Blue Jays’ Shapiro downplays Bautista contract situation

MLB insider Shi Davidi joins Barry Davis to discuss the arrival of the Bringer of Rain, Josh Donaldson, and the importance of renovating the Jays Spring Training and rehab facilities in Dunedin.

DUNEDIN, Fla. – Toronto Blue Jays president Mark Shapiro described the intense focus on Jose Bautista’s contract situation in recent days as a “part of the landscape, part of spring training.”

“Every spring training there are contractual situations that come up,” he told media Thursday, his first public comments since the star outfielder triggered a firestorm by revealing that he’s told the team what it would take for him to re-sign, and won’t negotiate off that.

“You manage them as effectively as possible, always maintaining the focus on what we’re out here to do as a team, and to win a championship,” Shapiro continued. “When it gets down to it, we will deal respectfully and privately with the business matters we have to deal with but we will maintain our focus on our team winning a championship.”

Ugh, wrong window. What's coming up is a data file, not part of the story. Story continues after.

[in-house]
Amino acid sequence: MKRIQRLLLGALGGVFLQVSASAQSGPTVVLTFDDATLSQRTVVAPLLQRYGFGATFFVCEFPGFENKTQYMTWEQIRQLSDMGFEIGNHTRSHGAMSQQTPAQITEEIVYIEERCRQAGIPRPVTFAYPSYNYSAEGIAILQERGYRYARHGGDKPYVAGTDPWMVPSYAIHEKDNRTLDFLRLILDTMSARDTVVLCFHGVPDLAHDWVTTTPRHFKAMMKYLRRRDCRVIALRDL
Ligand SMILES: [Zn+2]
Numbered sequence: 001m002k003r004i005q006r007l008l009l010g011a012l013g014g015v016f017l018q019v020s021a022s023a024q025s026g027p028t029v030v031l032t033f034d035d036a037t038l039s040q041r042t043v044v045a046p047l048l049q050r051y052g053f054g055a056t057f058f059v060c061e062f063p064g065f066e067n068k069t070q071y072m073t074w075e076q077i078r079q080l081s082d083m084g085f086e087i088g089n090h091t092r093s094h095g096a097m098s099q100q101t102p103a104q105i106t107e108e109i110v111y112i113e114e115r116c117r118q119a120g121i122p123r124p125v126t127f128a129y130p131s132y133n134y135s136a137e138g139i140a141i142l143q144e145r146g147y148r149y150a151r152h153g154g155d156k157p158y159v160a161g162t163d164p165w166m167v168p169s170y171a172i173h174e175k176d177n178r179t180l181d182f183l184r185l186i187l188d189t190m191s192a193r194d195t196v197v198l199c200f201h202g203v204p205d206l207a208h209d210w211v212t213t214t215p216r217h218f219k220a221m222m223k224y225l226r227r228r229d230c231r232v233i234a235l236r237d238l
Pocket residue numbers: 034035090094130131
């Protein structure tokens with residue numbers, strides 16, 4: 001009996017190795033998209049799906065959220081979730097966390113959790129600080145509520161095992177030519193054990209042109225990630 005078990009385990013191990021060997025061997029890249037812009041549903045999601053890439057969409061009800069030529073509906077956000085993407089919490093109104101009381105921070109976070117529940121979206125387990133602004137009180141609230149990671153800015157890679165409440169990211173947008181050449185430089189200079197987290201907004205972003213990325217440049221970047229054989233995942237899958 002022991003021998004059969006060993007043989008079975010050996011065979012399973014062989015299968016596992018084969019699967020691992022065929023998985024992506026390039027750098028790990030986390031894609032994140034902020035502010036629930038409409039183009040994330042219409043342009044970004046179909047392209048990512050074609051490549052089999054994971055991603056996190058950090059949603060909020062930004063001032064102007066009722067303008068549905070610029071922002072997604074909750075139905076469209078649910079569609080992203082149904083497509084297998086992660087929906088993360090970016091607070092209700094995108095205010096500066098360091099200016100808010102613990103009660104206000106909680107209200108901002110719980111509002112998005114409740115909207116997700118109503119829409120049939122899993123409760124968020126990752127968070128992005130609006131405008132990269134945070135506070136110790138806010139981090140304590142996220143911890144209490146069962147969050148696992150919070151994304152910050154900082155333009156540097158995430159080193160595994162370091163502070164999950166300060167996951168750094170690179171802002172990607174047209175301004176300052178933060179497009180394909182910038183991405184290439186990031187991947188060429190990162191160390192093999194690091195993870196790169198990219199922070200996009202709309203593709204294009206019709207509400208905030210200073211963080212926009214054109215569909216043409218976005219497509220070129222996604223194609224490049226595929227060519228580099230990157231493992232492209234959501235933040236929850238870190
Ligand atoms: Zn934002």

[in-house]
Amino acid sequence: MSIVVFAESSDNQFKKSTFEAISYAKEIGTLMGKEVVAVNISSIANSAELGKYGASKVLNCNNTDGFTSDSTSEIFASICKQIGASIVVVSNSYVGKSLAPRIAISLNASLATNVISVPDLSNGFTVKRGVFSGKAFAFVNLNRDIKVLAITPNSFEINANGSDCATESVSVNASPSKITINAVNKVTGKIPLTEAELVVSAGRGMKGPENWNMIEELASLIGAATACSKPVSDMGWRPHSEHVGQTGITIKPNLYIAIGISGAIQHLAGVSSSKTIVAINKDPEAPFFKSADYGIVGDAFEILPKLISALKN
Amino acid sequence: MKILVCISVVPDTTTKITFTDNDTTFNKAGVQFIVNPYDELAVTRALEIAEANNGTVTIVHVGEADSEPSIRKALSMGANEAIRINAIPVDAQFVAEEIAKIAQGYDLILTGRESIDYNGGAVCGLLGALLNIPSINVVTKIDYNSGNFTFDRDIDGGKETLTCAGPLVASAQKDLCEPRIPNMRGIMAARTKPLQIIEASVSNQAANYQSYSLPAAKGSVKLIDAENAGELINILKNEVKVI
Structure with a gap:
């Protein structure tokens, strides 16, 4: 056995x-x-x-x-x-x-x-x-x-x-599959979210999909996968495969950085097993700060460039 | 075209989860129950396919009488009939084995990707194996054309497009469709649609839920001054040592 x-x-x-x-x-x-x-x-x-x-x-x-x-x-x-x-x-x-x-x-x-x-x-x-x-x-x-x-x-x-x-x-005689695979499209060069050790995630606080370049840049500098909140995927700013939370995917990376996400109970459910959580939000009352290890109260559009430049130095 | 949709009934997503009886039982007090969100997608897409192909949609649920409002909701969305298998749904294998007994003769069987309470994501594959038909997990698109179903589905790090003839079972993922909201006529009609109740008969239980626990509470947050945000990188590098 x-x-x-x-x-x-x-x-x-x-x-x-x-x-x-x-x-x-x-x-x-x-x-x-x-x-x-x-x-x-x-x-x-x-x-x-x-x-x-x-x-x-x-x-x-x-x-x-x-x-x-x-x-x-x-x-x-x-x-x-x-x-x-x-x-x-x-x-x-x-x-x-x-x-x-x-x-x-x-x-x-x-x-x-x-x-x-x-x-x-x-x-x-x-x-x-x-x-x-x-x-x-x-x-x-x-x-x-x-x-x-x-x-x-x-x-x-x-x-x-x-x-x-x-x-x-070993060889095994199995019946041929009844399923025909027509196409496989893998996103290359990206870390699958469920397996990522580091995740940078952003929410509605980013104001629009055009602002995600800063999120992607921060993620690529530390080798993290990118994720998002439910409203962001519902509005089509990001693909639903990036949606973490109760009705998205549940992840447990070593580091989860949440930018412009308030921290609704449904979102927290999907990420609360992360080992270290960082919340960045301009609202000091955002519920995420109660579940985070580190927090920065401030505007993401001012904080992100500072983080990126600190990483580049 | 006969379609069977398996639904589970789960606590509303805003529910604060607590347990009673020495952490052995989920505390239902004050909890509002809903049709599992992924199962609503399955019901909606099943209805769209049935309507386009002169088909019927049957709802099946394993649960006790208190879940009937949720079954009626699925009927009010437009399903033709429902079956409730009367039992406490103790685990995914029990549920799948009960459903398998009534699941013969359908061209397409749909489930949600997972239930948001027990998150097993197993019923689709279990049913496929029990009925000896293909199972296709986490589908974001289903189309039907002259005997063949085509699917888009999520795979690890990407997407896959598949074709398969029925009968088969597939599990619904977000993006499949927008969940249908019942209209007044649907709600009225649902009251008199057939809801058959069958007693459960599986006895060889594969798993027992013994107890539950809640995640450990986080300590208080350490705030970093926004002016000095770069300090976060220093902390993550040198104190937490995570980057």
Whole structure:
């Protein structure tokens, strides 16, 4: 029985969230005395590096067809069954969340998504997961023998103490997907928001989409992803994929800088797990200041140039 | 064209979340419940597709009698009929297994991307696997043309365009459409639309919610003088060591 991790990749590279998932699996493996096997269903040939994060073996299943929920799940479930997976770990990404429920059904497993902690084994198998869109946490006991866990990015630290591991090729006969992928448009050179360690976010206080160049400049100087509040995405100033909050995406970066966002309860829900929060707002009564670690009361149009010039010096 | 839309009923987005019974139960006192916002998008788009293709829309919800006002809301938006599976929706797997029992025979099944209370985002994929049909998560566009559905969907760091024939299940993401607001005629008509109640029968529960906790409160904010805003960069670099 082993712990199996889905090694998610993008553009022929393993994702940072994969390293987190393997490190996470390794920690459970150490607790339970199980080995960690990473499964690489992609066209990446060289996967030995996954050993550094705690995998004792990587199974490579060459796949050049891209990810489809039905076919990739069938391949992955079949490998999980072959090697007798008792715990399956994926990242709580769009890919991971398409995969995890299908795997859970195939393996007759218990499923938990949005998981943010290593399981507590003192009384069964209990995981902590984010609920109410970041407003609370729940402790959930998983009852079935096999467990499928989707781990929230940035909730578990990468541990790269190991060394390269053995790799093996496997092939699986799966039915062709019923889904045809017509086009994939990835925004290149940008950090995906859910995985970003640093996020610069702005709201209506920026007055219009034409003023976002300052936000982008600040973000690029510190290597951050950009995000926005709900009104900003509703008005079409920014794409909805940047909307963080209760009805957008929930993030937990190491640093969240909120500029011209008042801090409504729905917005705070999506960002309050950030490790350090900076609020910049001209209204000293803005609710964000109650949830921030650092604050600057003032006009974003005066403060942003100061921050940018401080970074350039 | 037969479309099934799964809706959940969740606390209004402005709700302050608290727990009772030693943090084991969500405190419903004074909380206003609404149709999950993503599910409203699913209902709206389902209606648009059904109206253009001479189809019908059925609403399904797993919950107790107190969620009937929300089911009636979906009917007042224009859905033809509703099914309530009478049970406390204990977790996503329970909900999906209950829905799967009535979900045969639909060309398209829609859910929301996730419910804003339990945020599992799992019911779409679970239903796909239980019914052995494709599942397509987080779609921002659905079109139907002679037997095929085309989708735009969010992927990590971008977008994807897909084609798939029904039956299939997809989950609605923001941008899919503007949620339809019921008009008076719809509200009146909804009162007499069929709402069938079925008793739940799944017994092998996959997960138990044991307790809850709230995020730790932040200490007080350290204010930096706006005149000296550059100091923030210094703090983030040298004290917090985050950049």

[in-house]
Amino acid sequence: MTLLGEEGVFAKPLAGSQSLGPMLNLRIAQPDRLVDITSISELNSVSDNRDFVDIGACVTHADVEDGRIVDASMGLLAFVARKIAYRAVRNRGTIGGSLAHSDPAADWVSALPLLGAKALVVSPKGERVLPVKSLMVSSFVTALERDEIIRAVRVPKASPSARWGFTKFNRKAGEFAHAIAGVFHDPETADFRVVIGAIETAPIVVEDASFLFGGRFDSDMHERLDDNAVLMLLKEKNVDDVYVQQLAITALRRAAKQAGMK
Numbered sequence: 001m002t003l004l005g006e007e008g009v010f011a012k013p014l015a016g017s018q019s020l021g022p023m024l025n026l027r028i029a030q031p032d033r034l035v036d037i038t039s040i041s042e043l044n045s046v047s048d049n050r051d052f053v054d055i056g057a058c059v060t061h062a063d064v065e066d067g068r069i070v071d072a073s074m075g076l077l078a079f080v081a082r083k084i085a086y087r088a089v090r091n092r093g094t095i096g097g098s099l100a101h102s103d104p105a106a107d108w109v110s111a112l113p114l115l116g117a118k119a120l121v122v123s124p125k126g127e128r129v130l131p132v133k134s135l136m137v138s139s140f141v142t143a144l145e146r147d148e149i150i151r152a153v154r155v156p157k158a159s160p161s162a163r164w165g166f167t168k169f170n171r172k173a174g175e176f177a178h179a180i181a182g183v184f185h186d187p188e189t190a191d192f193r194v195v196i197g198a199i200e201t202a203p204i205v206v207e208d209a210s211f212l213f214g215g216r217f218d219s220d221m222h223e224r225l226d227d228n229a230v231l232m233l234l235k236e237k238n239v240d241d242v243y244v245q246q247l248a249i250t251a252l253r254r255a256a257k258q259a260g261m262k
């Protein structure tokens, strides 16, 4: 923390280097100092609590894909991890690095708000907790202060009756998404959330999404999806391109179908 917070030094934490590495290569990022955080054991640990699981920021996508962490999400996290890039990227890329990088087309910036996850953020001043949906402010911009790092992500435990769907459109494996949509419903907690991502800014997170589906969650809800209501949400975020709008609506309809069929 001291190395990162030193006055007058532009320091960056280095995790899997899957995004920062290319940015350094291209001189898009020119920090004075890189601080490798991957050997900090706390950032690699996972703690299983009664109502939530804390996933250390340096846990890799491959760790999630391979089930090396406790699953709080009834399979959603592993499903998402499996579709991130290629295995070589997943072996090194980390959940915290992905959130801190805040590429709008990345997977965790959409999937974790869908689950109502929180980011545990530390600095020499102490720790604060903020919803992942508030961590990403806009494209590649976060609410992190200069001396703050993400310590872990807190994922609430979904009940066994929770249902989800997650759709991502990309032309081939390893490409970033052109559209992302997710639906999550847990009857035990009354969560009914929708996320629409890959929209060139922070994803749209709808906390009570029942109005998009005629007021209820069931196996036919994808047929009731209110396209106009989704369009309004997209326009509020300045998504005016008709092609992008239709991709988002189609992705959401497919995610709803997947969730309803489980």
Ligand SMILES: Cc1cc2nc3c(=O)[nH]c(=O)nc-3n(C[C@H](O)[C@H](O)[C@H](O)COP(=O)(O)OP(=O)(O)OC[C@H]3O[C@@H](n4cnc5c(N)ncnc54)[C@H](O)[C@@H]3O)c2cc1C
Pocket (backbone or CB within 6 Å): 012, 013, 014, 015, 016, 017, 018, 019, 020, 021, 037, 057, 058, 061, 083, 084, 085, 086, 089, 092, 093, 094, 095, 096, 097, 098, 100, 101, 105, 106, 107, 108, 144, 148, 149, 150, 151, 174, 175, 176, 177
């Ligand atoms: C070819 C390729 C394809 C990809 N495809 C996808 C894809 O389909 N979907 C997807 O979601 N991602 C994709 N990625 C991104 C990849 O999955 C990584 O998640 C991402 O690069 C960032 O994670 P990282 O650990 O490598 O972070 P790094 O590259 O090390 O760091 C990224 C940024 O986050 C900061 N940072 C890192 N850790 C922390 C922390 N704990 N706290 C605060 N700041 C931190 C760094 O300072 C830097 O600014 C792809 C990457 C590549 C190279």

Bautista’s comments stirred up incessant speculation on what his terms are and debate over whether the Blue Jays should meet the price. Given that the slugging right-fielder said, “there’s no negotiation, I told them what I wanted, they either meet it or it is what it is,” some view his demands as an ultimatum.

Asked if that’s how he perceived them, Shapiro echoed GM Ross Atkins’ message of no comment.

“For me, respecting the process and the player means you don’t comment on any of those things publicly,” he said. “Those comments have to be to (Bautista) directly. So anything I feel, anything I think would be to either Jose or his representative.”

Such situations aren’t new for Shapiro, who parted with several elite players during his time in Cleveland, dealing with “some very tough (negotiations), very emotional ones, ones with a lot of fan emotion tied in.”

“Certainly players that were representative of years and years of high level, Hall of Fame calibre performances,” said Shapiro. “I have dealt with that in Jim Thome and Omar Vizquel. They’re never easy because of how much you care about the players and how much the fans care about the player and how much the player cares about where he is. In the end, if you deal respectfully and professionally the outcomes can still be good.”

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